I was walking to work when I ran into an old, very drunk looking (it was nearing ten o' clock in the morning) Scotsman. He turned to me and said: "Haryaldy?" When I gave him a surprised and slightly confused look, his expression changed from its initial smiling position to a more angry one and he proceeded to exclaim: "Chrupdyalalbre!"
As I'm living in Scotland, I feel obliged to learn to speak at least a little bit of Scottish. Some of my Scottish coworkers have complimented me on my accent (Though it takes me at least two pints to pull it off), but to understand guys like that will probably take a lot more practise. (Or pints)
As I continued my yourney to work, I tried to analyse the sounds that were hurled in my direction just moments before.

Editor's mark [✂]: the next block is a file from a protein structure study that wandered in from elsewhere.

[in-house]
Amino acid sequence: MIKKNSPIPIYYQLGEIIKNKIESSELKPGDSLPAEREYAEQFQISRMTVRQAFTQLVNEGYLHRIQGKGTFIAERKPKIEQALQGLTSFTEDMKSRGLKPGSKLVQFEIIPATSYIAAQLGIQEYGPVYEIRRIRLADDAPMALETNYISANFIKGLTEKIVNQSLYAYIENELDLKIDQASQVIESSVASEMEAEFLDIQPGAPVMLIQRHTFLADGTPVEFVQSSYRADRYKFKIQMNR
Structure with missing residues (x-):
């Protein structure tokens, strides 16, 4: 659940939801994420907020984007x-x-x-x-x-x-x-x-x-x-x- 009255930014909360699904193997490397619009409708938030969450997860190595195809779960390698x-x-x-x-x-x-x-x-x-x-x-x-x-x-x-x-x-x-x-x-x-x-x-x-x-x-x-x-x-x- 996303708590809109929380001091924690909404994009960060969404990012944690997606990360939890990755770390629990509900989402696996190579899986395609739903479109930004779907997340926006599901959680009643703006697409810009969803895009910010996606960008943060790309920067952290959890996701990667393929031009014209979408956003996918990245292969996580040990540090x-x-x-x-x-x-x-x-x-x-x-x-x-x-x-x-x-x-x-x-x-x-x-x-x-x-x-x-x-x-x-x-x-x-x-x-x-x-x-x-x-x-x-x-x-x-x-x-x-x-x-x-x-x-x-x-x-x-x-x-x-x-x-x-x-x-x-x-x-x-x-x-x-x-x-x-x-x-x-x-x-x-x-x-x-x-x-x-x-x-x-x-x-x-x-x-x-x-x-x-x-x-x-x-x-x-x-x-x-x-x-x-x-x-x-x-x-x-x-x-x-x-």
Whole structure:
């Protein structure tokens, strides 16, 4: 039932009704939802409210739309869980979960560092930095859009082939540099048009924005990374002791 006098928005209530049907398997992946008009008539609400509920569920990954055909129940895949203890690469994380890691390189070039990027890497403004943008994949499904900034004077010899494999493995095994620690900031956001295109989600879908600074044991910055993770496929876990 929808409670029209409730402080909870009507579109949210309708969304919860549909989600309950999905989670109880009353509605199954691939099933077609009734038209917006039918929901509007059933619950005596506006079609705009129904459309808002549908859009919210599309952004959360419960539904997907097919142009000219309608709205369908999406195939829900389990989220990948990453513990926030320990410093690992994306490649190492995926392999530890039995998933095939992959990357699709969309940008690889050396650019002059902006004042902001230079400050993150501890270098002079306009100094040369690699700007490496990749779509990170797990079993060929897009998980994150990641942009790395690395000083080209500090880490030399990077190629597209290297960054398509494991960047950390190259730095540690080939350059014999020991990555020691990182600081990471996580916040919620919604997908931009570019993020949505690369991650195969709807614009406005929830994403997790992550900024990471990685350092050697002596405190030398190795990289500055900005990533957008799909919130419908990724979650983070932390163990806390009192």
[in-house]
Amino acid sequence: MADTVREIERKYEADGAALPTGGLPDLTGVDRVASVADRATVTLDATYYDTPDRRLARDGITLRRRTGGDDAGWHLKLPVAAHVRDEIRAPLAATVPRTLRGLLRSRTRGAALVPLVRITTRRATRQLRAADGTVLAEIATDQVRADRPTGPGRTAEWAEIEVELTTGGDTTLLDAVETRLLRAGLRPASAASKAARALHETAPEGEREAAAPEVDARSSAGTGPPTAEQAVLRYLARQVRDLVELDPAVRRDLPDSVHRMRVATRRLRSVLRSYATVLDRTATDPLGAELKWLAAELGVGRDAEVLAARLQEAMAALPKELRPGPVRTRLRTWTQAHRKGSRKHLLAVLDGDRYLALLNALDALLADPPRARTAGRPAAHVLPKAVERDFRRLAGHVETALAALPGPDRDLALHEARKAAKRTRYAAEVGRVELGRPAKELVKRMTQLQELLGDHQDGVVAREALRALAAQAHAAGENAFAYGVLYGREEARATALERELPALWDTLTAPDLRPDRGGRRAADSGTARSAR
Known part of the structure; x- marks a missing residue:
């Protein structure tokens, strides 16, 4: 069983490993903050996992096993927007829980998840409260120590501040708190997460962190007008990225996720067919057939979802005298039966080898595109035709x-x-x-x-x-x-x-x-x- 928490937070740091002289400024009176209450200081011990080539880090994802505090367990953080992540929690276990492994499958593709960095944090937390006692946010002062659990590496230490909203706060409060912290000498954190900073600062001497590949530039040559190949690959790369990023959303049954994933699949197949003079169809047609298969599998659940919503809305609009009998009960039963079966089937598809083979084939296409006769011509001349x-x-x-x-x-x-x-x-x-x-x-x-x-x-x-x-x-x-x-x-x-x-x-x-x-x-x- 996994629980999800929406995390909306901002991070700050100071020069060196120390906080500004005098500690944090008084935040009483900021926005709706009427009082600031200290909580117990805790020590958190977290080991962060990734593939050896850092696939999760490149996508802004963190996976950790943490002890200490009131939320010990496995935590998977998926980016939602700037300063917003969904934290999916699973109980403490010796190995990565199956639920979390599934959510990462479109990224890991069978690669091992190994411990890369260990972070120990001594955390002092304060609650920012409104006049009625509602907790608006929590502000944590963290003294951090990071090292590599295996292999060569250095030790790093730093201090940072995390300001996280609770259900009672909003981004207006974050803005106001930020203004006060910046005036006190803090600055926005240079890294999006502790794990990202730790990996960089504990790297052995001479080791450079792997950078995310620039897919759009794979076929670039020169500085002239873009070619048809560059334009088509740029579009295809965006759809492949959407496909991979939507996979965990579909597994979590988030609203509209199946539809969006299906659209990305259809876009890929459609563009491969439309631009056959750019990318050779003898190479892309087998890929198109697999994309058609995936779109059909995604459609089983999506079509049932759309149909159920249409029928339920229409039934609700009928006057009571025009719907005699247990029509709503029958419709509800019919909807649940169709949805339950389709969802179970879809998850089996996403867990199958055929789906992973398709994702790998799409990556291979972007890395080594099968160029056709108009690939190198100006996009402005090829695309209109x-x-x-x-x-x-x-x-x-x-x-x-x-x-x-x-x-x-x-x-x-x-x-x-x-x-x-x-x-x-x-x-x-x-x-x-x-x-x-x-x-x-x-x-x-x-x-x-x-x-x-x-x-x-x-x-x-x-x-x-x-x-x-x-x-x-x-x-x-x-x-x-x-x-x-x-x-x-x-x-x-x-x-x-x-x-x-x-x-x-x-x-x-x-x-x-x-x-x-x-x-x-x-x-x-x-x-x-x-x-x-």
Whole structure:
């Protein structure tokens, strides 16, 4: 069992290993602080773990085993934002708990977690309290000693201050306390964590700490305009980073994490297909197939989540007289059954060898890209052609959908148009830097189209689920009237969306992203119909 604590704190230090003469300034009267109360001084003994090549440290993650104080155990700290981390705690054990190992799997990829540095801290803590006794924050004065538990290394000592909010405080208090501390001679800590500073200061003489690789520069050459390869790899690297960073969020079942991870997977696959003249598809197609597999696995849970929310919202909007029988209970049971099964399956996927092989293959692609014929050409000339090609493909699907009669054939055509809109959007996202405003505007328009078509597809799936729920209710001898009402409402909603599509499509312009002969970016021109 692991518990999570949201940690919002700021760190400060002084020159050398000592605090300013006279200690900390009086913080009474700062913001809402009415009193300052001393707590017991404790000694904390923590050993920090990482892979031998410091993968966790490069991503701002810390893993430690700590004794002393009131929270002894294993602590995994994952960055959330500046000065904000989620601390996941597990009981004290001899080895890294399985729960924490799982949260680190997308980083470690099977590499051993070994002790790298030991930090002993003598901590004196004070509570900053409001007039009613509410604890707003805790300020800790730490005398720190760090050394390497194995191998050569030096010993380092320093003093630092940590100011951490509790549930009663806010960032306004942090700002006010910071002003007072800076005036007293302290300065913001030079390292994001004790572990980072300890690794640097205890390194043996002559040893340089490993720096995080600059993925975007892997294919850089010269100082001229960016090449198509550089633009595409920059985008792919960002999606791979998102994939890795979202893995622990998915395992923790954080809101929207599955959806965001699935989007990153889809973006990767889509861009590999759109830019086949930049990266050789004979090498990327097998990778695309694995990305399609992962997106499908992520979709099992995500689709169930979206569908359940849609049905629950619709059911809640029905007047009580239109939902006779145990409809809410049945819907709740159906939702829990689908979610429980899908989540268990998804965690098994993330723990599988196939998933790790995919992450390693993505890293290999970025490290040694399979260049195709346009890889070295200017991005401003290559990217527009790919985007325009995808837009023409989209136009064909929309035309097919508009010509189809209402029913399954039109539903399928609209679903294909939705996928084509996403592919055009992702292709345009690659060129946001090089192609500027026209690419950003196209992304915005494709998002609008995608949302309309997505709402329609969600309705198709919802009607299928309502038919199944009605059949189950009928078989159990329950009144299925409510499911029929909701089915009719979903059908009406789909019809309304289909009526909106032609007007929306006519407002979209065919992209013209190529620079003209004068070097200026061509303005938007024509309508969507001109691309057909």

H'ar ya ldy?
How are ya laddie?
I say, how are you doing today, my young friend?
Aha! He was merely enquiring about my personal well-being at the time.
Chr up yad*alal&re!
Cheer up ya d*%lal&amp;re!
I say, cheer up you ?????????!
Aha! He was merely instructing me to act a little (or wee bit, as they say in Scotland) more cheeful!
I did learn some actual Scottish phrases, but apparently these are rarely ever used:
(Estimated spelling:) Awee an bayl yer heed!
(Also known as:) Away and boil your head!
Obviously an insult.
(Estimated spelling:) Dannuh gimme de book!
(Also known as:) Do not give me the ????!
(Actual translation:) Don't make me sick!
This concludes lesson one of: "How to speak Scottish poorly, in 625000 steps."
End of days... Ah, who's counting?!